Districts in battle for students

San Luis Coastal Unified School District is contesting a county committee’s September decision to continue sending Cayucos high school students to Cambria.

Some Cayucos parents filed a petition this year to get the town’s high school territory transferred to San Luis Coastal so students could go to Morro Bay High School rather than Coast Union High School.

Cayucos has an elementary school district but no high school.

The county Committee on School District Organization denied the petition Oct. 10; those who had filed the petition filed an appeal Oct. 30.

If the petition ultimately prevails, according to Coast Unified School District officials, the transfer would knock a $1.2 million hole in the district’s $9.5 million annual budget and could trigger changes as dramatic as laying off a dozen teachers and closing the town’s only middle school.

Rick Robinett, San Luis Coastal’s assistant superintendent, said his board also decided to file an appeal “based on protecting our own interests” because there are “still some fundamental fairness issues, and there might be other solutions.”

One sticking point, in San Luis Coastal’s opinion, was the legal advice and committee conclusion that Cambria voters would have to vote on the transfer before it became final — and that a majority of those voters would have to approve it.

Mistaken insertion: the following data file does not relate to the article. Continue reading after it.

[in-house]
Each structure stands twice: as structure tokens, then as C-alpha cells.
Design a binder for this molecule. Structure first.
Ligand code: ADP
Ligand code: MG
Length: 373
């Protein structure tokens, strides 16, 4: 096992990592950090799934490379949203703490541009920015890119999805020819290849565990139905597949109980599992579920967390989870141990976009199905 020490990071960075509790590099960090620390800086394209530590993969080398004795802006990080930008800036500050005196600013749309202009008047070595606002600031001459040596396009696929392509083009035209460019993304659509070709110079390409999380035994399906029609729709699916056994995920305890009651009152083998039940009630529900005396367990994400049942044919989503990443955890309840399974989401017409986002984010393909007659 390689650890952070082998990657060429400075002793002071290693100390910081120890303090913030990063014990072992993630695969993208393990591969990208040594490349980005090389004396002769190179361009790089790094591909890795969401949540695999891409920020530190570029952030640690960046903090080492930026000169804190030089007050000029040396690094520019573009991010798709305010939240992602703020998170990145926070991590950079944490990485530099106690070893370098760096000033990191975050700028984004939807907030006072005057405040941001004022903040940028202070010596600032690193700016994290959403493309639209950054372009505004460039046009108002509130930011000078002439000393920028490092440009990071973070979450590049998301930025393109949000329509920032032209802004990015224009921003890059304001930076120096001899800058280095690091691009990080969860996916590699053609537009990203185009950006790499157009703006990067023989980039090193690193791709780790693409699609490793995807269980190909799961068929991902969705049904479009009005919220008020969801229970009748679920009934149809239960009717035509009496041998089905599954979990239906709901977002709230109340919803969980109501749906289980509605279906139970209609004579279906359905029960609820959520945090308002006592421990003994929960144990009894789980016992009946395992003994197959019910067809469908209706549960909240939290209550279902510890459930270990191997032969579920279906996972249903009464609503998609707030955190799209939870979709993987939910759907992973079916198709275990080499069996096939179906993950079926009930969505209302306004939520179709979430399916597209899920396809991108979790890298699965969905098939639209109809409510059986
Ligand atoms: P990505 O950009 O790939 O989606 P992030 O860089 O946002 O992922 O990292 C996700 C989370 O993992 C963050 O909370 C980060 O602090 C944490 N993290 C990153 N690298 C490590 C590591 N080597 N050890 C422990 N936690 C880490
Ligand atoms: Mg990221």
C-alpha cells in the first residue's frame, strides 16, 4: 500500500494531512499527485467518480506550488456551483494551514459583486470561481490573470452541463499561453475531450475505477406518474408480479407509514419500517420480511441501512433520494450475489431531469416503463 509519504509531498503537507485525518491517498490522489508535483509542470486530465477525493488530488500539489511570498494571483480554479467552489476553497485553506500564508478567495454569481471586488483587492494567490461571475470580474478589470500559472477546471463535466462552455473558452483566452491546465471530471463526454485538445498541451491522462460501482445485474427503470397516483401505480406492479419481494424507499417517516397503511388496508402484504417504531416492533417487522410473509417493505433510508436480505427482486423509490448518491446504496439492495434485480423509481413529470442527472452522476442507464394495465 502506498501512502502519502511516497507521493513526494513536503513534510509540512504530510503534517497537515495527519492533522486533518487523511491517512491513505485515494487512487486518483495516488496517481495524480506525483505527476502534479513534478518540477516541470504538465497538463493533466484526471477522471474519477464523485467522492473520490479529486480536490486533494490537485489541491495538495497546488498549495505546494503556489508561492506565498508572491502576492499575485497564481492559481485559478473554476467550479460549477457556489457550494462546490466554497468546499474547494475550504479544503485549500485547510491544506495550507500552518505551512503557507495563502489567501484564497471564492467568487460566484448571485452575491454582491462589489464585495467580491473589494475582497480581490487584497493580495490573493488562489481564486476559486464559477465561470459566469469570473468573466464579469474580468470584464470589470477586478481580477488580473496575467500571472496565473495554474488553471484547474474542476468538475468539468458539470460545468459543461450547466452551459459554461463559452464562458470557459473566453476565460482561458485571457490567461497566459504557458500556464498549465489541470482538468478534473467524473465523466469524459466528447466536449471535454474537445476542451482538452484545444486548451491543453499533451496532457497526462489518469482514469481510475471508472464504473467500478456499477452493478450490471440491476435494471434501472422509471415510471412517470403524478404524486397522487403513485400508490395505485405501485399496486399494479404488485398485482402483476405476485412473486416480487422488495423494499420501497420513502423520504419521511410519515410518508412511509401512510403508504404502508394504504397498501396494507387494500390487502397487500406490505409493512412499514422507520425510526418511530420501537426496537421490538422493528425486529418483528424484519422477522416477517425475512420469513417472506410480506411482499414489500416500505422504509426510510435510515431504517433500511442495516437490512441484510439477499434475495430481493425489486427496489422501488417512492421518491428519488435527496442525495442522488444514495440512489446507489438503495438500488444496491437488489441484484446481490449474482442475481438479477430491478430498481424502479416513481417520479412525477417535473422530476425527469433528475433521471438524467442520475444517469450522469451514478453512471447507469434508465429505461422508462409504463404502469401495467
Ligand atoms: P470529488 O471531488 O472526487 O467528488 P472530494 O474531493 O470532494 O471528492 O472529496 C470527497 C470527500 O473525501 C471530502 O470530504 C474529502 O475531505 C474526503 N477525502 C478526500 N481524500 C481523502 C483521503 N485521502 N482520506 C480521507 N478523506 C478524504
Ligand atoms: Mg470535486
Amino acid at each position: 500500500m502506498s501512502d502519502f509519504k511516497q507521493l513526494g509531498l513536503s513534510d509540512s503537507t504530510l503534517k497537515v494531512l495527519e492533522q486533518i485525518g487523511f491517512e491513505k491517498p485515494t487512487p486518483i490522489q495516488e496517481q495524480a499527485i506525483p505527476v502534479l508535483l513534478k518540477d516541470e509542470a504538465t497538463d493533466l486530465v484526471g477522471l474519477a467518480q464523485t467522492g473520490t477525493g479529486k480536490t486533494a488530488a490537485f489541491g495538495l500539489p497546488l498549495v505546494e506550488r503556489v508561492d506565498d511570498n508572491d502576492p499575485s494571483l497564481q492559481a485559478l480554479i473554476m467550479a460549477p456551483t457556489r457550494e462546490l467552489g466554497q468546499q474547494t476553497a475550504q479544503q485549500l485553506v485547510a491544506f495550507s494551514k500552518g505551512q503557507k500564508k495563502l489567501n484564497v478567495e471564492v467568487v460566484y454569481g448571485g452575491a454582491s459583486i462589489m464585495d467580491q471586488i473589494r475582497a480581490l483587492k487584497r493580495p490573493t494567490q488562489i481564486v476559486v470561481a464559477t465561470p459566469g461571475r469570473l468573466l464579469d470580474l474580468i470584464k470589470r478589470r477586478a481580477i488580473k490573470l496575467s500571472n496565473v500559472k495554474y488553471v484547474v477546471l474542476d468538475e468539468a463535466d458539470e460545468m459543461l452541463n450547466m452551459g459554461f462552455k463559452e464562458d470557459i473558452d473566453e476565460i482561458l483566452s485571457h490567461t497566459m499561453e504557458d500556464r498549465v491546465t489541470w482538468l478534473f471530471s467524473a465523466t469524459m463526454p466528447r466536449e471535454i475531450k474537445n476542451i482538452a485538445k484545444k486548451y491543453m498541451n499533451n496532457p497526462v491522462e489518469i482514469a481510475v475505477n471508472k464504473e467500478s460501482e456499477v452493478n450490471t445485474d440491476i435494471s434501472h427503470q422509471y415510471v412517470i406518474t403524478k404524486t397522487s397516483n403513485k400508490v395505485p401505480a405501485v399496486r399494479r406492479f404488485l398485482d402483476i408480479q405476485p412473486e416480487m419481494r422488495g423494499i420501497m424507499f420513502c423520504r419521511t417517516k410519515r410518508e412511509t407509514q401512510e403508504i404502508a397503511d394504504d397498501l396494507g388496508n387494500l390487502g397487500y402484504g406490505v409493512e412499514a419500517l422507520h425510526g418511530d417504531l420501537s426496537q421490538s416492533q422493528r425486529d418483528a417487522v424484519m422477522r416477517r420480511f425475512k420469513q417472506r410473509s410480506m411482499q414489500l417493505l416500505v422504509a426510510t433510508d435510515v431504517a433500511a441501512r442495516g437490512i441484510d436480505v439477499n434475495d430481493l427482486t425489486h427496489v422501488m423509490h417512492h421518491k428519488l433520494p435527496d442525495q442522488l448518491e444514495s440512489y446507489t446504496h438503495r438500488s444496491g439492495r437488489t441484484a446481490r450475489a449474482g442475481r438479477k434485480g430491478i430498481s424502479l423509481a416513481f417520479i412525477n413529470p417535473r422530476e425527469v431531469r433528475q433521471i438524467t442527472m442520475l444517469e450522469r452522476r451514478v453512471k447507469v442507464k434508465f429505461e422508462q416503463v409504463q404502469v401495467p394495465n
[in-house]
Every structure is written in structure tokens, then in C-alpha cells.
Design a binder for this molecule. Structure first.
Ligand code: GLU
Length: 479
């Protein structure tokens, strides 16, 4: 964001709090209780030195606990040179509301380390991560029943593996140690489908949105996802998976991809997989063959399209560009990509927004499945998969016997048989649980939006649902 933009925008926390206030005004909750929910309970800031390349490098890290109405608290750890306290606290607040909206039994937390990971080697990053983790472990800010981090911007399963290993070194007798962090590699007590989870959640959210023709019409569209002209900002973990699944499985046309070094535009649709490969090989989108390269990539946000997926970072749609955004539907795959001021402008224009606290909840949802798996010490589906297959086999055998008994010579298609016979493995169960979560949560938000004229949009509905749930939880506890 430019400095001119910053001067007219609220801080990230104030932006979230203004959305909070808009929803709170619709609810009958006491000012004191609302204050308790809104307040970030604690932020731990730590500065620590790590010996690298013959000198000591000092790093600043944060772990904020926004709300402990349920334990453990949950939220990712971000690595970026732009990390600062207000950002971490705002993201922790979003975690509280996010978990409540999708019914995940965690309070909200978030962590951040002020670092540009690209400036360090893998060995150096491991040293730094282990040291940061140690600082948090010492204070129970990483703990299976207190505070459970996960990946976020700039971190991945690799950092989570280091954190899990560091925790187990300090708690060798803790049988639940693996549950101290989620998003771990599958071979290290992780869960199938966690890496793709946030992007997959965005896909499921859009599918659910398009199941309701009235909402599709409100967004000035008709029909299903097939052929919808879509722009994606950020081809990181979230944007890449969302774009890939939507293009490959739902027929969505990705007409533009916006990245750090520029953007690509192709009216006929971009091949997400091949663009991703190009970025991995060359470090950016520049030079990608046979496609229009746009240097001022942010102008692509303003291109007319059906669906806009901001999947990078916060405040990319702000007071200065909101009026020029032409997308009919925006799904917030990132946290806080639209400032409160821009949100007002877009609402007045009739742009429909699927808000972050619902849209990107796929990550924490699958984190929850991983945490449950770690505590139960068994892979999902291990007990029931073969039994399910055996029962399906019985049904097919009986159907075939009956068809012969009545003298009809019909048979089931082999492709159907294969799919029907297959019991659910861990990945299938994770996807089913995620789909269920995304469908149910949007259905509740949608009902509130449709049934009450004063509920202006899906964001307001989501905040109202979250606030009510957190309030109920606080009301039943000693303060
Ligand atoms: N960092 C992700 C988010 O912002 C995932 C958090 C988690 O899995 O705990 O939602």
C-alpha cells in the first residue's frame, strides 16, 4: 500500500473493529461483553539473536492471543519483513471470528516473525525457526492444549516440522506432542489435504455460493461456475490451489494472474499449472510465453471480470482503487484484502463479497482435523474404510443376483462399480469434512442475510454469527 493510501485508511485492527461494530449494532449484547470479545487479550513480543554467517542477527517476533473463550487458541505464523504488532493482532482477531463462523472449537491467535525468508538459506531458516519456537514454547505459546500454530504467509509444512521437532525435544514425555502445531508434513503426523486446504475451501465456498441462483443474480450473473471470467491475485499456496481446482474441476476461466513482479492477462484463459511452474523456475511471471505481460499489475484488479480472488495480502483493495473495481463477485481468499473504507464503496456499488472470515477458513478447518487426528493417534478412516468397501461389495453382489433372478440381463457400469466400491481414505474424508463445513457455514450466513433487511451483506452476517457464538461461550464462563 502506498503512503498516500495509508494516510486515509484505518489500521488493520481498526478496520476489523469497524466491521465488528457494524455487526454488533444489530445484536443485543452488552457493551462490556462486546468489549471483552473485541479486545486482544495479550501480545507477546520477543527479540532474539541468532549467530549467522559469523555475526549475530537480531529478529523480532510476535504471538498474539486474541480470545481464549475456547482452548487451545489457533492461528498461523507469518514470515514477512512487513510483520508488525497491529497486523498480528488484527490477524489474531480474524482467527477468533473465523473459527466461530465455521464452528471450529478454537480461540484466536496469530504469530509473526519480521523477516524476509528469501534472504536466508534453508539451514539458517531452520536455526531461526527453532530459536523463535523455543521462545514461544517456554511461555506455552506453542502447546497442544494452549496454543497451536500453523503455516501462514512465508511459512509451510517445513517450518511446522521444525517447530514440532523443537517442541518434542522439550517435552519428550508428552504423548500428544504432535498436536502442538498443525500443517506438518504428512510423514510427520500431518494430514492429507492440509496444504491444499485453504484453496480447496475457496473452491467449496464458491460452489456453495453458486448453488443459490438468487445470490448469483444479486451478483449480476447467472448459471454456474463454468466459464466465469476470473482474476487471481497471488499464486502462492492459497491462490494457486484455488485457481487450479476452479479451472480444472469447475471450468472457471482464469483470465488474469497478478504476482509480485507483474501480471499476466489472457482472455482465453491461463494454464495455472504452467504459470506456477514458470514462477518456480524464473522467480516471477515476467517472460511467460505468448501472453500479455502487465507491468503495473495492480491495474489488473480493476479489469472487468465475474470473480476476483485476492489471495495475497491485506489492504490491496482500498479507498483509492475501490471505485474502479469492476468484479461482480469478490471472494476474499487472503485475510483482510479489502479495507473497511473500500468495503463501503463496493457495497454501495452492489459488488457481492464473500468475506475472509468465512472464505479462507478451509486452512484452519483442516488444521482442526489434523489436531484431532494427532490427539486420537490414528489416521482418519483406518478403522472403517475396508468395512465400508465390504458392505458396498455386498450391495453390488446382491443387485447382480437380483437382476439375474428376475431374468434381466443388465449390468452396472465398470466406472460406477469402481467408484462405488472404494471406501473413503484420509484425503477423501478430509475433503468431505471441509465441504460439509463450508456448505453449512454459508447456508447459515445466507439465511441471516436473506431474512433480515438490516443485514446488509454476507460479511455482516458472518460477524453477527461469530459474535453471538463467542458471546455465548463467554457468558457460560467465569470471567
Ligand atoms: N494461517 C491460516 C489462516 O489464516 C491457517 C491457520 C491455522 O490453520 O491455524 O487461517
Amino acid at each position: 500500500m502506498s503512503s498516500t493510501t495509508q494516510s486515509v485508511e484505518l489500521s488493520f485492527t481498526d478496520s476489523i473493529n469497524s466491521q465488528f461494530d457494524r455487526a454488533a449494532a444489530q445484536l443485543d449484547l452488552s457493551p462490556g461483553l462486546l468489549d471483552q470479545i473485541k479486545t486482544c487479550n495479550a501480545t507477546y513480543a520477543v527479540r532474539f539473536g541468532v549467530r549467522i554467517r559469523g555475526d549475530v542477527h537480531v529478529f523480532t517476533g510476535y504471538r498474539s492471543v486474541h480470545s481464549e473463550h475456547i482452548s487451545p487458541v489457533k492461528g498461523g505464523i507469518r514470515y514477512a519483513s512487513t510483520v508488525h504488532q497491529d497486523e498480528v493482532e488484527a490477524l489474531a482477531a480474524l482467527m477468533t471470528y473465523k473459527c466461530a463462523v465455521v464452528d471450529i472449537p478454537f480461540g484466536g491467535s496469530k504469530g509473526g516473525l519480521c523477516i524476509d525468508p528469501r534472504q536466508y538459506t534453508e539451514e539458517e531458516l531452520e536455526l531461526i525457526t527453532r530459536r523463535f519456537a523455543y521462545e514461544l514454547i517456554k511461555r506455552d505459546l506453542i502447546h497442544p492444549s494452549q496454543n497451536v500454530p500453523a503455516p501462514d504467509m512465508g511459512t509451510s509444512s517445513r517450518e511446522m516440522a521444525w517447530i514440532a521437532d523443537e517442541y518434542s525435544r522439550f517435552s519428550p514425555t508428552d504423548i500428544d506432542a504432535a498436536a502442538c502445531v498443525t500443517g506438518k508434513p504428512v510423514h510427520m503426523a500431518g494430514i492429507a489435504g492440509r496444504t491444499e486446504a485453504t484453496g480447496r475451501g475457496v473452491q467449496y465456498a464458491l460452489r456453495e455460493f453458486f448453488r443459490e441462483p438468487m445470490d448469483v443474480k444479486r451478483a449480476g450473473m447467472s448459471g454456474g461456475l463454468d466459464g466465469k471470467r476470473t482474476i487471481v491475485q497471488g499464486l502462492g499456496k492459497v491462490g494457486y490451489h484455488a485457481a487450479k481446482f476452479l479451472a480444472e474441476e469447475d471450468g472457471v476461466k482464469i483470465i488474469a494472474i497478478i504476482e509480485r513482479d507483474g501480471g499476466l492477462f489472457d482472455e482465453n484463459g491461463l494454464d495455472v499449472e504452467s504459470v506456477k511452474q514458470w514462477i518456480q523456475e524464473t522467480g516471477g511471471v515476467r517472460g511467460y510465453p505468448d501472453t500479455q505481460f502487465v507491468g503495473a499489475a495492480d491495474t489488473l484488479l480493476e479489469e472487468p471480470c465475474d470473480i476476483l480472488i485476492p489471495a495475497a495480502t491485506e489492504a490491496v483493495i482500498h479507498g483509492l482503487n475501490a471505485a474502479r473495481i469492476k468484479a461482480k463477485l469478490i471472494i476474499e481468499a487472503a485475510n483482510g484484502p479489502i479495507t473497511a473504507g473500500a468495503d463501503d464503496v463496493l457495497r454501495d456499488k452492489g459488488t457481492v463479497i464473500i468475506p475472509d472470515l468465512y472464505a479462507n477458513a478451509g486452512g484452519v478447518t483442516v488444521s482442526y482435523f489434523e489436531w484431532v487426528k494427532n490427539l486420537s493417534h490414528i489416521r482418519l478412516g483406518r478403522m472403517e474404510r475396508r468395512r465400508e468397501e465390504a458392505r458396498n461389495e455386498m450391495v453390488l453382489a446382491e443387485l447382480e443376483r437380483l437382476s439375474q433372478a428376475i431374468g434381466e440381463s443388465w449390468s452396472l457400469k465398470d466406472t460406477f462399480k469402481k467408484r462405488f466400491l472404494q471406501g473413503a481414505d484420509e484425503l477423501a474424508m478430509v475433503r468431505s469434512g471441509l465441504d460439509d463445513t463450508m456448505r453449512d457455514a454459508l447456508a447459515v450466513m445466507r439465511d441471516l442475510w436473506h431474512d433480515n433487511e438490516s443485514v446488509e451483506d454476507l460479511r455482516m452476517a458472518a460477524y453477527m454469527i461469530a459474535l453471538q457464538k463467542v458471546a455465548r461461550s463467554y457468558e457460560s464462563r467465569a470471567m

“There just wasn’t enough consideration given to the election aspect,” Robinett said. “We just want the state board to take a look at the facts … a second look.”

Coast Union trustee Victoria Dandurand said at a meeting Nov. 15 some sort of compromise “would be in the best interest” of all concerned, and she asked whether San Luis Coastal would be “open to remuneration” for transferred students.

However, Coast Union trustee Robert Gong said there are legal issues in “giving property tax money from one district to another, and Coast Union Superintendent Chris Adams said his district’s counsel has advised that it should not draft an agreement with San Luis Coastal until the appeals have been addressed.

The state is not likely to rule on the appeals until summer, according to Julian Crocker, county superintendent of schools.